China’s War on Garbage Faces a Major Coronavirus Setback
(Bloomberg) — China’s lockdown may have reduced air pollution as factories and power plants halted, but the pandemic has had the opposite effect on the nation’s nascent recycling effort.
Millions of people in Chinese cities have been stuck at home for weeks, relying on food deliveries and online shopping, resulting in a surge in demand for single-use plastic containers and packaging.
Unlike the drop in emissions, which is proving temporary as factories restart, the rise in food deliveries may be more long-lived because people get used to the convenience, said Professor Huang Qunxing, who studies solid waste disposal and clean energy at Zhejiang University.
“The epidemic could encourage more people to become dependent on the online meal booking platforms,” Huang said. “It could also push more restaurants to expand their online business to resist similar risks in future, which would mean more disposable plastic containers that are hard to recycle.”
The reversal may be a harbinger for the rest of the world as more countries encourage people to stay at home. Cities from Moscow to Buenos Aires have been locked down as the number of global deaths from Covid-19 surpassed 34,000.
At the guarded gate of a residential compound in central Beijing, two dozen people gathered at noon on a recent weekday to pick up meals, water and packages. Couriers aren’t allowed to enter.
“Meal deliveries are so convenient and cheap,” said 28 year-old Chen Xiaolin, who has been working from home for a month and often orders two meals a day. “I save the time I would otherwise spend on shopping, cooking, and washing dishes.”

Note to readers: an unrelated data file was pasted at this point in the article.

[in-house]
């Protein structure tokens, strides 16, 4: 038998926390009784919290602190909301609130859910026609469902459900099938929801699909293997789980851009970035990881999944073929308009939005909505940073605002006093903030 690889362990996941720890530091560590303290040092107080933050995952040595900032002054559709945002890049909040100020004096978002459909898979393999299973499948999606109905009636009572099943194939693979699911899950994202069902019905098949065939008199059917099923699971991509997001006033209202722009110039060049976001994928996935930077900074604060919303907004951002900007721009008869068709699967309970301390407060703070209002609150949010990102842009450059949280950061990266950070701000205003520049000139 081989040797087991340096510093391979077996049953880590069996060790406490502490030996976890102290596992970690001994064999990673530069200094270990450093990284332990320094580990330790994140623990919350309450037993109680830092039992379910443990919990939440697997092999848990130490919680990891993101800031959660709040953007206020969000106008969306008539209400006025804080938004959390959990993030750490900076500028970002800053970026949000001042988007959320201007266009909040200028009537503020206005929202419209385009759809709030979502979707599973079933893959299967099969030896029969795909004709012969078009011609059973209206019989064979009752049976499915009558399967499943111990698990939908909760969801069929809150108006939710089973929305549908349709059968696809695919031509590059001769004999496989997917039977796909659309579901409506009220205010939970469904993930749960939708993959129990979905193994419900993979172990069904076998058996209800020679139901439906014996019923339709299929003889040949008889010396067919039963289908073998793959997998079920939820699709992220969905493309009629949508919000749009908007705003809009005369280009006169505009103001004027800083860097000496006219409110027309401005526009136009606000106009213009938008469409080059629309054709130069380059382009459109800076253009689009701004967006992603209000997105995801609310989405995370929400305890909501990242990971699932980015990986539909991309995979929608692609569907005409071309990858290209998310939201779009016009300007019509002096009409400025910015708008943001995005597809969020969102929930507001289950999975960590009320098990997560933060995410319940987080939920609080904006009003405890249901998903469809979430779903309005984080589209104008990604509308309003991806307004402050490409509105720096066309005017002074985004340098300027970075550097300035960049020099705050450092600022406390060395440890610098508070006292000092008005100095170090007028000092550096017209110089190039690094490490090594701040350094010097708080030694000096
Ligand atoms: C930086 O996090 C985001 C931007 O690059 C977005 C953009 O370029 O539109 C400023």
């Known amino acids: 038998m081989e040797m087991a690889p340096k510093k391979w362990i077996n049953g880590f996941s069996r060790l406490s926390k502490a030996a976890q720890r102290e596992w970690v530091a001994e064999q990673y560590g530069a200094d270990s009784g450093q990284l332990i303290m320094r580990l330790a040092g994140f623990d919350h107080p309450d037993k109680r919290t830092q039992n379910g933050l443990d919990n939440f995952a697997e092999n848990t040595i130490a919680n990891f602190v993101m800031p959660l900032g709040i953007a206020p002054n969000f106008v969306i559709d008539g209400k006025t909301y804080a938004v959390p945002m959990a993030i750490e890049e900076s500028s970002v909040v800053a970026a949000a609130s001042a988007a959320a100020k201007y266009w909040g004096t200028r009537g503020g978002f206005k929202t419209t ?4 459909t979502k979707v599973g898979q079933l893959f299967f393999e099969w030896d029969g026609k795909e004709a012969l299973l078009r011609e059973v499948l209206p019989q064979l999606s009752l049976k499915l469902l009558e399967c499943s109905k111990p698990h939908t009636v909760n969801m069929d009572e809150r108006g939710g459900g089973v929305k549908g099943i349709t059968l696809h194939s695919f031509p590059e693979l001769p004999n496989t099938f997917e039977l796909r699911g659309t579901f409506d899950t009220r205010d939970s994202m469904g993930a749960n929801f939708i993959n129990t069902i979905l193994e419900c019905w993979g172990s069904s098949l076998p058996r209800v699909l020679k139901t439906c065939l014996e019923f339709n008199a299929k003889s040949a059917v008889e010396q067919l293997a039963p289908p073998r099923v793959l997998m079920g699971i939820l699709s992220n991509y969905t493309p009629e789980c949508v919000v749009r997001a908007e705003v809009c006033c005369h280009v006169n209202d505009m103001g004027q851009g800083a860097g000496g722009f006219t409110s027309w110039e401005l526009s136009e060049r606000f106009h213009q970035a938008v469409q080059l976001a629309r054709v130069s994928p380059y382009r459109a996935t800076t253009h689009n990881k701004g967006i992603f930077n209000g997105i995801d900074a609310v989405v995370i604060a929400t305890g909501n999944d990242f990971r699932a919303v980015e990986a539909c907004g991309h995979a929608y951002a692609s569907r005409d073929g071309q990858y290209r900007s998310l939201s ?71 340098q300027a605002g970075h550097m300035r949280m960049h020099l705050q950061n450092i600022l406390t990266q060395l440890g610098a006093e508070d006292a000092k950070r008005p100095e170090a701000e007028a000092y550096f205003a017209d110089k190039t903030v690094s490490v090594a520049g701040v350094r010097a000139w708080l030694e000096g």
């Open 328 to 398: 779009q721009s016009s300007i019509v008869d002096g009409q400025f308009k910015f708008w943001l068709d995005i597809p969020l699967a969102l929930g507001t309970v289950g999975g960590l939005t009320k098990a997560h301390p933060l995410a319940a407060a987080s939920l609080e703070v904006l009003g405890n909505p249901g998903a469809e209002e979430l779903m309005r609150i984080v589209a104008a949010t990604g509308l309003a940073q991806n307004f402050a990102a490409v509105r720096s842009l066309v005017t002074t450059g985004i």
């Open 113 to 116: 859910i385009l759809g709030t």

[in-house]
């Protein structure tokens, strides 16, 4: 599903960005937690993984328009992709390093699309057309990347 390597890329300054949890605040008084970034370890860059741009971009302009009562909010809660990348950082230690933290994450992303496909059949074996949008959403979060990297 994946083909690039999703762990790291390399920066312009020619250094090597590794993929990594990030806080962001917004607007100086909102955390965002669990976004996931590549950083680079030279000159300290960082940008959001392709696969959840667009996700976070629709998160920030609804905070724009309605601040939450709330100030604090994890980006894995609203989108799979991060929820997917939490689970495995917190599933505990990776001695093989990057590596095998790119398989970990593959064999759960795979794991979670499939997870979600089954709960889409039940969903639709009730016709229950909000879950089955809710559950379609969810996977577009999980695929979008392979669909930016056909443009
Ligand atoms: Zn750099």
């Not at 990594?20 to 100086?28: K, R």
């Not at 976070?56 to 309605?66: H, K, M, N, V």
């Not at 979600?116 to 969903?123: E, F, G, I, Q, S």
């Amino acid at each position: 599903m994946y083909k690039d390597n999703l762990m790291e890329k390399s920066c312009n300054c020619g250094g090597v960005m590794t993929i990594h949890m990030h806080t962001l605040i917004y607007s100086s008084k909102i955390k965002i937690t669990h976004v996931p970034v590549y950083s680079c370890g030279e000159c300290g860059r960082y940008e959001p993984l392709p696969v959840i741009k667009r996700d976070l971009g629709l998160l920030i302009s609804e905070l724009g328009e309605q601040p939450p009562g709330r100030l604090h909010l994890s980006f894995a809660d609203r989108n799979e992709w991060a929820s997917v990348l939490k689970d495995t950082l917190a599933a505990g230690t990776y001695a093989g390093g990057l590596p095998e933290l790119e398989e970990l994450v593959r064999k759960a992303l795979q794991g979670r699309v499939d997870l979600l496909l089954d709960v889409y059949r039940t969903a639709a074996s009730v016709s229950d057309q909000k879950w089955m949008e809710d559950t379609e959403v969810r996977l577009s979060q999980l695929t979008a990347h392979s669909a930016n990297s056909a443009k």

Because garbage sorting isn’t mandated in Beijing, she dumps the containers with other trash in the bins outside her apartment, like most of her neighbors.
China’s food-order industry has developed quickly. In 2018, 406 million people in the country ordered food online, resulting in 34 million daily deliveries. Internet services giant Meituan Dianping said its grocery delivery business has increased by more than 60% in some cities since the coronavirus outbreak.
Chain restaurants are one of the sectors worst hit by the virus, and 92% of them have attempted to offset losses by focusing on online ordering services, according to a report by China’s association for the retailing and franchise industry. Most food deliveries come in plastic containers that end up in incinerators or landfills.
Beijing is one of 46 Chinese cities that planned to launch mandatory garbage sorting systems by the end of 2020. The capital had intended to begin the program in May, but with only five weeks to go there’s no sign of any preparation work.
“I’m not optimistic that the plan will be carried out in time when society is not yet back to normal,” said Eric Liu, Greenpeace campaign specialist on waste and resources. “Schools are closed and the local government’s priority is still the virus.”
Even the recycling centers that exist are mostly closed, waiting for the return of migrant laborers from elsewhere in the country, many of whom have yet to return as travel restrictions are removed.